Crisis, who? What crisis?
In the not so distant past, it seemed to me that most people were generally wired to participate as productive, responsible members of society with the exception of a few misfits that were often classified as artists, creative types or criminals. This would be even more the case in an eastern, collectivist society in which people assume roles like tiny pieces of elaborate machinery. And of course, it must be noted that western individualism is the slightly more yang side to the collectivist yin. I think you’ve heard this all before.
However, technology is doing strange things to us. I can’t help but notice that people are processing—content, stories, media, life—faster, albeit with a considerable attention deficit, but leaving many feeling ill-suited to assume a role as a team player in a corporate cubical farm or any type of life devoid of self-expression. For those mercifully blessed with the ability to conform, patiently check all the boxes required to flourish in academia, industry and save money for retirement, life can be lived out in relative satisfaction, free from the claustrophobia a growing number of people feel, as square pegs are forced into round holes.
One might shrug and simply expect the robots and AI to eventually free humanity from the tedious, boring and practical, but the distress or contentment we feel says a lot about us. This is a pivotal moment for our species as we reflect on what it means to be happy. The melancholy many inventors, artists and innovators have felt just prior to their breakthroughs has been referred to as a type of divine discontent. Misery can serve a purpose, but much emotional pain is a needless form of suffering.
So I ask, will the Internet and social media eventually make the masses so fed-up and despondent that geniuses will inhabit every corner of society like blades of grass? Will emotional imbalance be commonplace? Will there be many van Goghs and Hemingways creating beautiful things and then taking their lives as their thoughts and emotions get the better of them? And what about fame? There might just be too many brilliant people in the near future for anyone to stand out or be honored or recognized. A future of sad, unappreciated amazing and talented people?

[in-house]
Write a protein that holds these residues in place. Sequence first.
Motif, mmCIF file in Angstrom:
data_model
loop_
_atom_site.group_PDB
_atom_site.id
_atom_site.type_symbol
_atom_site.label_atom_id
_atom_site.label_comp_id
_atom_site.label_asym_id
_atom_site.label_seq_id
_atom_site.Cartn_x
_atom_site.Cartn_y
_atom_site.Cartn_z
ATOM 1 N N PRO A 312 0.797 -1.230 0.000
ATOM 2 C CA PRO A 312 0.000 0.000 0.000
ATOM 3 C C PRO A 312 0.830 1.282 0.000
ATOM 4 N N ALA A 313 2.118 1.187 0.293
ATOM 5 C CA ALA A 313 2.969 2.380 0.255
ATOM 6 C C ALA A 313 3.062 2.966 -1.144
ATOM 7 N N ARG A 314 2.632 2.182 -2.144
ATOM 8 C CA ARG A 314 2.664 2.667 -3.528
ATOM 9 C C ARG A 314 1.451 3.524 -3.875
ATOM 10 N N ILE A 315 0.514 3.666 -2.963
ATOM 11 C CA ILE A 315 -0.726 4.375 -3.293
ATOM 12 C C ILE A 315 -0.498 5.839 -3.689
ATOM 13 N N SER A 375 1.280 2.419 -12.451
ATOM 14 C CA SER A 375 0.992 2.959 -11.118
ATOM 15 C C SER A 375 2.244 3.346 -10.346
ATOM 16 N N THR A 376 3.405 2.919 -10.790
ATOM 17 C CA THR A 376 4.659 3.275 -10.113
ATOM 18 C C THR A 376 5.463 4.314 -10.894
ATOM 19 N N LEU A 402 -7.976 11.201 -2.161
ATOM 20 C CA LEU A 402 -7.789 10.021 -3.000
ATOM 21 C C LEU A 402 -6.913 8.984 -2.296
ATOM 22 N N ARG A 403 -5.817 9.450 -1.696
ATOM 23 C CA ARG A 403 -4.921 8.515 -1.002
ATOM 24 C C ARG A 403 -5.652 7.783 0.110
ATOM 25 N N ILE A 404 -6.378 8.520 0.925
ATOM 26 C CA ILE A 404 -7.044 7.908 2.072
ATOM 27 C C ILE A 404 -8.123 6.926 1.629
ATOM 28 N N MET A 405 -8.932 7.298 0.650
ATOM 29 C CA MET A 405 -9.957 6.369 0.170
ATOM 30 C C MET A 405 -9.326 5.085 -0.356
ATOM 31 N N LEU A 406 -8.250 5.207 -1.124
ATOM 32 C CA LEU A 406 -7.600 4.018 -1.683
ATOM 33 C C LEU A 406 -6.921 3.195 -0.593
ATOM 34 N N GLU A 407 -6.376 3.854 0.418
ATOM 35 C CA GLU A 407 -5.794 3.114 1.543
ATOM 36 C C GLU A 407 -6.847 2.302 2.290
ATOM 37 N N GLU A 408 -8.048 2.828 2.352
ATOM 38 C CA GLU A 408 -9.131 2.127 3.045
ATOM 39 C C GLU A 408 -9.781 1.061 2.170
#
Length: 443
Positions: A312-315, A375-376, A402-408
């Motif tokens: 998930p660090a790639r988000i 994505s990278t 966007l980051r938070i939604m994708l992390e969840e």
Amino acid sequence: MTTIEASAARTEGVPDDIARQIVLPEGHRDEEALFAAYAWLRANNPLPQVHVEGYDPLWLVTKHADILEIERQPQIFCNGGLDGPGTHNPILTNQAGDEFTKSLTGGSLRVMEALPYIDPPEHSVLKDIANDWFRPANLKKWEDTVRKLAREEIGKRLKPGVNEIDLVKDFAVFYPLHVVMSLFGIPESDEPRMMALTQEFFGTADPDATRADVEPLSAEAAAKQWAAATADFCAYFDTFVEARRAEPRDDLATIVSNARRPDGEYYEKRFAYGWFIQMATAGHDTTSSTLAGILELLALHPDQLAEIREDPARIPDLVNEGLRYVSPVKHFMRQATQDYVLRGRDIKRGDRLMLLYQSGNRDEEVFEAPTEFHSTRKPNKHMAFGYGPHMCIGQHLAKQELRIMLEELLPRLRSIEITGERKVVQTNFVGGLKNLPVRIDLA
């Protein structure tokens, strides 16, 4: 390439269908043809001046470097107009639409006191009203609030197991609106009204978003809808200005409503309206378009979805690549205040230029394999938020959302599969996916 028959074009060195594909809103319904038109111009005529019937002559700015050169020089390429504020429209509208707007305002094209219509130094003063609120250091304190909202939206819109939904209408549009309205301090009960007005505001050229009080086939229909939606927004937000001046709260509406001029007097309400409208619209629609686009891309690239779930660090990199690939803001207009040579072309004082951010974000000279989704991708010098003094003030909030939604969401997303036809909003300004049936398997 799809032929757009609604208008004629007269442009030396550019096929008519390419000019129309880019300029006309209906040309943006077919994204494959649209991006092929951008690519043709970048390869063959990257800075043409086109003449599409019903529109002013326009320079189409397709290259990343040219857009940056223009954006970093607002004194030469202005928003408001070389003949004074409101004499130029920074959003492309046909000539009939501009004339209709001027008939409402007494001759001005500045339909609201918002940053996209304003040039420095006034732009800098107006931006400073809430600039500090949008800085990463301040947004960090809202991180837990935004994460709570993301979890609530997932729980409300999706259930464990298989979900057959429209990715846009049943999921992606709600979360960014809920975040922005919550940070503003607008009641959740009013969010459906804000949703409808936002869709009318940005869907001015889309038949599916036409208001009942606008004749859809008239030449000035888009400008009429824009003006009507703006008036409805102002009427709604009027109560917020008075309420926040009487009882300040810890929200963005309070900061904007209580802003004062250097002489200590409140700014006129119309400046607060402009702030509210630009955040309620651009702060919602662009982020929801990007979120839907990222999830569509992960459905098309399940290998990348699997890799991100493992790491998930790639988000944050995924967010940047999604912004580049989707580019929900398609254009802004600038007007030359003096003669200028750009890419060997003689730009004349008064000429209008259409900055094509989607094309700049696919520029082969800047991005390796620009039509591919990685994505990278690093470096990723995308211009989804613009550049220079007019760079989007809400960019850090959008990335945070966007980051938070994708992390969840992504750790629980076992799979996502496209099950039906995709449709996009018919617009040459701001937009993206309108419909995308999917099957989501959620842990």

The greater question one might ask is how do we adapt to what technology is doing to our brains, to our human genome, the next generation?
Despite all of my phobias, father and mother issues, delusions of grandeur, psychological problems and all manner of foolishness, I’ve come to realize over the years that what the mystics, spiritual masters and gurus have been saying all along might be the perfect bypass for years of psychotherapy. Be content.
The longer version goes something like this:
If you no longer attach significance to so many things, you won’t value those things so much that you’ll be convinced that you need them. When you no longer want anything, you’ll no longer be a needy person. If you’re not needy, you won’t feel the need to be special or interesting, the need for friends, the need to search for some perceived missing piece of your life, or the insistence on fame and adoration. You’ll essentially have achieved emotional freedom.
The ‘crisis’ can be averted. The artist can look at old photos of themselves in beautiful or exciting settings and not be ashamed of the person in the photograph, their minds, turbulent and desperately needing, wanting, desiring, and in essence, ruining the splendor of living. With the crisis resolved, there is only time to create, and not to waste a moment listening to the mind and all it’s negative attacks upon the ‘self’.
When you notice me, Carlos, you’re observing a walking, living, breathing crisis. That’s what I am, and I suspect most of us are. But beyond the shallow identity, the superstructure of the personality and all our psychological baggage is a happy person, filled with laughter and amazement at how crazy ‘I’ really am. This observation makes all the difference, when eliminating drama and realizing how much fun it is to create.